Another super cyclone pushed Naveen’s political career. The 1999 super cyclone devastated coastal Odisha and the then-ruling Congress Party under then CM, Giridhar Gamang (now in the BJP), mismanaged it. This benefited the nascent BJD which won the 2000 assembly election. The Union government (A B Vajpayee) was generous to people of Odisha and provided generous relief. Many State governments also came forward to help the affected people. Real implementation of the central relief package got worked out during Naveen Patnaik’s rule that began in 2000. For instance, the infrastructural development and houses for the poor got worked out by his government. Level of corruption remained reasonably low in comparison to international standards. This benefited people and the party workers of the BJD simultaneously. Implementation of each welfare policies — be it PDS or crop procurement price — all benefited the people and BJD workers.

Certain amount of corruption was allowed which benefited the party workers.
Naveen Patnaik rules and does not govern, as governance demands negotiation with various interest groups where as the leader, he has to build consensus. Here no such things happen but he rules over the State of Odisha.

One in every three persons in Odisha is poor. Despite a battery of schemes, welfare programmes and doles by the Patnaik government, 29.35 per cent (pc) of the State’s population is multi-dimensionally poor. As per the NITI Aayog’s National Multidimensional Poverty Index (MPI) 2021 report, Odisha is among the top-10 States with a significant share of the population living under poverty; it is the country’s second poorest State.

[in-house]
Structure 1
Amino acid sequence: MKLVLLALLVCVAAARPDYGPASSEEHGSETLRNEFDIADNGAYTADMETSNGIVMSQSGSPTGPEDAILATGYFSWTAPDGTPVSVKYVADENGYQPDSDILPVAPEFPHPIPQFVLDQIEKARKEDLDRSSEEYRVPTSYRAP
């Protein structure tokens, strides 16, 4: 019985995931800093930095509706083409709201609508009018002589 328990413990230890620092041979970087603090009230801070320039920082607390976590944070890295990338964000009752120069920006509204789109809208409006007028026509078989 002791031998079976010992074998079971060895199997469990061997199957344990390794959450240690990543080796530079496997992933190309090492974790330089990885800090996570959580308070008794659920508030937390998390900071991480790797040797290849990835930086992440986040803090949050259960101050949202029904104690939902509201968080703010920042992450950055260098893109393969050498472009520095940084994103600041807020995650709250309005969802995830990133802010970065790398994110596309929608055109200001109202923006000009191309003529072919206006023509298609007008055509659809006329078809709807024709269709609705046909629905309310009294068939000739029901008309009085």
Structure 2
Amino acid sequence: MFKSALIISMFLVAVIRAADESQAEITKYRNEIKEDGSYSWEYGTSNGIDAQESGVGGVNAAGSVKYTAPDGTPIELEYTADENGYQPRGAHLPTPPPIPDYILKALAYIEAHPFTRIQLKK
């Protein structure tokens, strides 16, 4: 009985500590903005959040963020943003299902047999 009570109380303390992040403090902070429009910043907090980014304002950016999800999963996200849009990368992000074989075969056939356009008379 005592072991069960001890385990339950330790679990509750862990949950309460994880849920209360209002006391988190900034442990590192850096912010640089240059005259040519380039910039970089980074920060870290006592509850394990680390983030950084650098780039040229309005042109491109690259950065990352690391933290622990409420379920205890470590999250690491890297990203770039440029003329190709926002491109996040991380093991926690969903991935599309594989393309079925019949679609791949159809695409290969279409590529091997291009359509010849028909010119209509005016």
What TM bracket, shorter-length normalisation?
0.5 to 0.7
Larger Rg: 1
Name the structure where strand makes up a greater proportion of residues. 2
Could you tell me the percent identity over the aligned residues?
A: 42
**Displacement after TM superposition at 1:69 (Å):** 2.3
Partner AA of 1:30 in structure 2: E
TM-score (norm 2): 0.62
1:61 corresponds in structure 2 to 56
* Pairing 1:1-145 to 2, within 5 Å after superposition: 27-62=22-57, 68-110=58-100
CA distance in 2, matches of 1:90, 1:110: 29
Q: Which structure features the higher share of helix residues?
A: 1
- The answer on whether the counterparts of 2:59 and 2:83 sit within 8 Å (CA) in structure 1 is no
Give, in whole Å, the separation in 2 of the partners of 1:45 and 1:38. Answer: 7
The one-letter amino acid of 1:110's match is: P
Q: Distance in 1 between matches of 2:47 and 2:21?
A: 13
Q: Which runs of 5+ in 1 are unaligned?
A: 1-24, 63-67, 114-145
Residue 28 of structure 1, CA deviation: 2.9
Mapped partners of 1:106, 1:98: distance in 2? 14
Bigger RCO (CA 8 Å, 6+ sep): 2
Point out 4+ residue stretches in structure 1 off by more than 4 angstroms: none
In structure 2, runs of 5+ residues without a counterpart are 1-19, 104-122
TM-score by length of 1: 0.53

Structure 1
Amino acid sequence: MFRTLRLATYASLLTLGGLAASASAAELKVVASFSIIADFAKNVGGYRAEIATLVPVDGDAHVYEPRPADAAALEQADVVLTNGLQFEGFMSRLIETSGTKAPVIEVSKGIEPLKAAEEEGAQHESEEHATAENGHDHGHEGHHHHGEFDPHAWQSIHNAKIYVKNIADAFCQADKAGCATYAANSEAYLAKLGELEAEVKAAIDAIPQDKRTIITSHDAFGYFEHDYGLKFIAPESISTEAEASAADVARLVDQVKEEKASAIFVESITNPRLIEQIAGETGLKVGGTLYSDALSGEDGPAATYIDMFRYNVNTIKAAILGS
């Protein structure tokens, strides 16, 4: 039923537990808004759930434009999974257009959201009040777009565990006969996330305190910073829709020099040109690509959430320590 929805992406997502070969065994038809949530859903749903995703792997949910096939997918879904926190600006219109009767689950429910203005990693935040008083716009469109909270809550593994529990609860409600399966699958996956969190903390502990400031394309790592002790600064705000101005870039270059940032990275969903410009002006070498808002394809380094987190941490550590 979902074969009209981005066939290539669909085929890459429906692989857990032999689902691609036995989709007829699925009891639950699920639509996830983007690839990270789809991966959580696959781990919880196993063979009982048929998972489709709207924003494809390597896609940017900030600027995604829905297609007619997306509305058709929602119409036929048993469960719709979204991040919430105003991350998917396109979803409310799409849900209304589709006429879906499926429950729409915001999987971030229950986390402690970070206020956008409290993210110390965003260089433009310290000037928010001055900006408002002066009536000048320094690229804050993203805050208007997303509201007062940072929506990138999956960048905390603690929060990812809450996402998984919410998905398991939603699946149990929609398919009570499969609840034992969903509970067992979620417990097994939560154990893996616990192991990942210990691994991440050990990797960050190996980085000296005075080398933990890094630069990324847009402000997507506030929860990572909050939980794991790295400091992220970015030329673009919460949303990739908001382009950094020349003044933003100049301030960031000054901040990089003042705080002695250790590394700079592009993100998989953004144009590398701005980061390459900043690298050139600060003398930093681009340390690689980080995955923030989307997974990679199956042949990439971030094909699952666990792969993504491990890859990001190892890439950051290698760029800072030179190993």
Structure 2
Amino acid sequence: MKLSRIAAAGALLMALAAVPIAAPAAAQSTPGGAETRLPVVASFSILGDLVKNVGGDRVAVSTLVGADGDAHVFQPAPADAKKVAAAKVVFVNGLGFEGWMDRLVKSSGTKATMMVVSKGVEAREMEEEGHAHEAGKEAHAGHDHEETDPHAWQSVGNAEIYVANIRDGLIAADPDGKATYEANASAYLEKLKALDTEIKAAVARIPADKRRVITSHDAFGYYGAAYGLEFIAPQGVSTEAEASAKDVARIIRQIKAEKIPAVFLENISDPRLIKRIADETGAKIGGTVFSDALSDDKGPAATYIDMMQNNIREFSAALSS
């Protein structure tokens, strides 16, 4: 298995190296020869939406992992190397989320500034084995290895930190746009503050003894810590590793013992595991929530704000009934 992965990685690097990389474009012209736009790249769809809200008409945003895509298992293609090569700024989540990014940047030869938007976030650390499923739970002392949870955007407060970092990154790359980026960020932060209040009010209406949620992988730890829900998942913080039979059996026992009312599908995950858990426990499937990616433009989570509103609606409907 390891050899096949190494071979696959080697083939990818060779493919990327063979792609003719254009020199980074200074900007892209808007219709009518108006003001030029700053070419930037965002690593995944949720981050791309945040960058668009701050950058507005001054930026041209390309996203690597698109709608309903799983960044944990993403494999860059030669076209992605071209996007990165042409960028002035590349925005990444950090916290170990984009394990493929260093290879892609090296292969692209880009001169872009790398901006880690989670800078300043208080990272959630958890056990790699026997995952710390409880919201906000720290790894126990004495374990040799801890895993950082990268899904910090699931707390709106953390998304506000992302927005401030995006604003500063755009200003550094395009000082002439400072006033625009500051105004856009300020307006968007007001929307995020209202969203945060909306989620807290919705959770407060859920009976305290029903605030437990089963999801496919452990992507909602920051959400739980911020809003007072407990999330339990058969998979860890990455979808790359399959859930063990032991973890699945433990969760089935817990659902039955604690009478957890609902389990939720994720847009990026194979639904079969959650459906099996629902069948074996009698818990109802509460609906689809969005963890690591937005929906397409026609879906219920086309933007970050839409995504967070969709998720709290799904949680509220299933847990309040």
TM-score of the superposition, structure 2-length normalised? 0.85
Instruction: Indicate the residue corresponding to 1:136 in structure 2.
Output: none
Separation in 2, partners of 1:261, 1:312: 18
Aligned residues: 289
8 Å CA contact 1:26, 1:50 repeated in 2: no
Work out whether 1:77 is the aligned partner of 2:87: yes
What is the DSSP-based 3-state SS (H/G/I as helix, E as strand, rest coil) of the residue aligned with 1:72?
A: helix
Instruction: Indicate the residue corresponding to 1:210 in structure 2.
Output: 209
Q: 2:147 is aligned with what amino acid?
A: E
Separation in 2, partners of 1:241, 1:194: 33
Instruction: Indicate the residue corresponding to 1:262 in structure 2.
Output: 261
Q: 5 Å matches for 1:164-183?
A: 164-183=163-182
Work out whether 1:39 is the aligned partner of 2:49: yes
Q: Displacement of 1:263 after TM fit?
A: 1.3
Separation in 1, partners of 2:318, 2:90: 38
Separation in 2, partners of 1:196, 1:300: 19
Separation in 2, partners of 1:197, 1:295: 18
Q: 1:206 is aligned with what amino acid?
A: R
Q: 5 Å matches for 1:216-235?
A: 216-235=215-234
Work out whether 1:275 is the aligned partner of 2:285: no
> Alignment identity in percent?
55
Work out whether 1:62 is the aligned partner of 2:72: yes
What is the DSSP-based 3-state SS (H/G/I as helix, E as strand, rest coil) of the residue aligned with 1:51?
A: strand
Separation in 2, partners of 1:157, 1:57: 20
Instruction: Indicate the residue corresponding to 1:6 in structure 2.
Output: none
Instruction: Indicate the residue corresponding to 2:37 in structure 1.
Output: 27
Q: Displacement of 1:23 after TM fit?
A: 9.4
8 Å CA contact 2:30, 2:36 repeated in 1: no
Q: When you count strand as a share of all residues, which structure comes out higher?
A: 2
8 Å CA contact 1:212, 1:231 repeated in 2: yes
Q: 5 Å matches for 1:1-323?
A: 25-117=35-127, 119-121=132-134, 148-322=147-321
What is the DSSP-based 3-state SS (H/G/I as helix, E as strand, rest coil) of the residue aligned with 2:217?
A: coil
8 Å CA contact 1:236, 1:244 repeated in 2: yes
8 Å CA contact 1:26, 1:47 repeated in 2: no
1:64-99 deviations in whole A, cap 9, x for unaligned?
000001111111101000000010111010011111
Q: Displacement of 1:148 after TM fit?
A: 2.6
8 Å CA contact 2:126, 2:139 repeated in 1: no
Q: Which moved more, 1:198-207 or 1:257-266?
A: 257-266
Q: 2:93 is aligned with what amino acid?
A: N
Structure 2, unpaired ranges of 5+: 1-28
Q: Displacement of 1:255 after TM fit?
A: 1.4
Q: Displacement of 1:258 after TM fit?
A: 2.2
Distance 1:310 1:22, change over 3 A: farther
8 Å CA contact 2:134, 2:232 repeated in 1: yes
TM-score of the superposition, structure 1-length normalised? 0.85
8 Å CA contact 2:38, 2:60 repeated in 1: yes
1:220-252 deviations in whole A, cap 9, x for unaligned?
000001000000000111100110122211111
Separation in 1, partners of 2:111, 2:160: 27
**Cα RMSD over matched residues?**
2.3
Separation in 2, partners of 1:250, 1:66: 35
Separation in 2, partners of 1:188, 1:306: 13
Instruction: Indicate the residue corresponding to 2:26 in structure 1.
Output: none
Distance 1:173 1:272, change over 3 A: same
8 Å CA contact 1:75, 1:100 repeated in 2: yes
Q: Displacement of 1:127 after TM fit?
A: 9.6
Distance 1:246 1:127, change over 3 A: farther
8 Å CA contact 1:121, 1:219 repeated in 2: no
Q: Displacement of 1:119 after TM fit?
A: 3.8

The absence of capitalists and the continued presence of feudal lords creates problems in completely understanding the politics of this coastal State. A powerful bureaucracy functions here as the ‘ruling class’. And the best example of how powerful they are is from a few years ago when 12 IAS officers got caught in a corruption scandal but no one got dismissed. This reflects their power and Naveen Patnaik has compromised with the powerful bureaucracy rather than alienate them. There is a saying among IAS probationers here, ‘this is a State that allows you to rule and not serve’.

Patnaik’s rule gets reinforced in a voting pattern which is more than fifty per cent of voters. This explains the popularity of Naveen Patnaik and the logic of the three classes meeting over whisky.

Three groups of power elite, mentored by Naveen, confer over imported scotch in five-star hotels here — the political elite led by Naveen Patnaik meet the ruling bureaucracy and the mining rights owners, led by Vedanta group. They allow the common people to have rum on a cremation ground. The State government earns the highest amount from the Excise duty by opening liquor shops in the distant villages where school and hospital are absent. The villagers drink in the cremation ground of the village (Barik 2021).

As the 2019 general election saw the party did not select candidates on the merit but allowed the rich and moneyed people to get ticket through political contractors in each region.

The way to stay in power for the BJD MPS and MLAs is to ‘depoliticise’. Clear instruction is given to each MP not to speak. They are scared to open their mouths. They are allowed to speak in Odiya and the summary can be prepared by them in English in brief and the party has to approve the paper to be submitted to the Secretariat of Parliament. They look to the roof of the Parliament, or faces of the MPs and other opposition party leaders. They go to their homes and take long launch naps. No discussion over the issues that the BJD is supposed to support or not support the Union government. Everything is decided by Naveen Patnaik. They have to obey him.